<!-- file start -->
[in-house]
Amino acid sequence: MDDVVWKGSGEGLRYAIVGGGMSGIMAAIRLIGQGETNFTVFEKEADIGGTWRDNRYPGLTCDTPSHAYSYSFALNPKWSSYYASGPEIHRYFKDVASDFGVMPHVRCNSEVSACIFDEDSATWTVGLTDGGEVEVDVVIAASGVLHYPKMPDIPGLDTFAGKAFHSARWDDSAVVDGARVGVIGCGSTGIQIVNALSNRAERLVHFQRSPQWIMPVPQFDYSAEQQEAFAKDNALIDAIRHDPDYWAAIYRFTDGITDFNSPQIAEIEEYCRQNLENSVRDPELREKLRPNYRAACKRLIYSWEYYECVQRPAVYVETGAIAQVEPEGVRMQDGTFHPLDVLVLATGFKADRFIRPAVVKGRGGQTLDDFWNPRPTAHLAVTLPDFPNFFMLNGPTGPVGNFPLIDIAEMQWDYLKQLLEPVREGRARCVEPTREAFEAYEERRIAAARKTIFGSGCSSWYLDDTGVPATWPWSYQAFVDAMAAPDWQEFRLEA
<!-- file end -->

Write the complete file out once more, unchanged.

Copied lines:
[in-house]
Amino acid sequence: MDDVVWKGSGEGLRYAIVGGGMSGIMAAIRLIGQGETNFTVFEKEADIGGTWRDNRYPGLTCDTPSHAYSYSFALNPKWSSYYASGPEIHRYFKDVASDFGVMPHVRCNSEVSACIFDEDSATWTVGLTDGGEVEVDVVIAASGVLHYPKMPDIPGLDTFAGKAFHSARWDDSAVVDGARVGVIGCGSTGIQIVNALSNRAERLVHFQRSPQWIMPVPQFDYSAEQQEAFAKDNALIDAIRHDPDYWAAIYRFTDGITDFNSPQIAEIEEYCRQNLENSVRDPELREKLRPNYRAACKRLIYSWEYYECVQRPAVYVETGAIAQVEPEGVRMQDGTFHPLDVLVLATGFKADRFIRPAVVKGRGGQTLDDFWNPRPTAHLAVTLPDFPNFFMLNGPTGPVGNFPLIDIAEMQWDYLKQLLEPVREGRARCVEPTREAFEAYEERRIAAARKTIFGSGCSSWYLDDTGVPATWPWSYQAFVDAMAAPDWQEFRLEA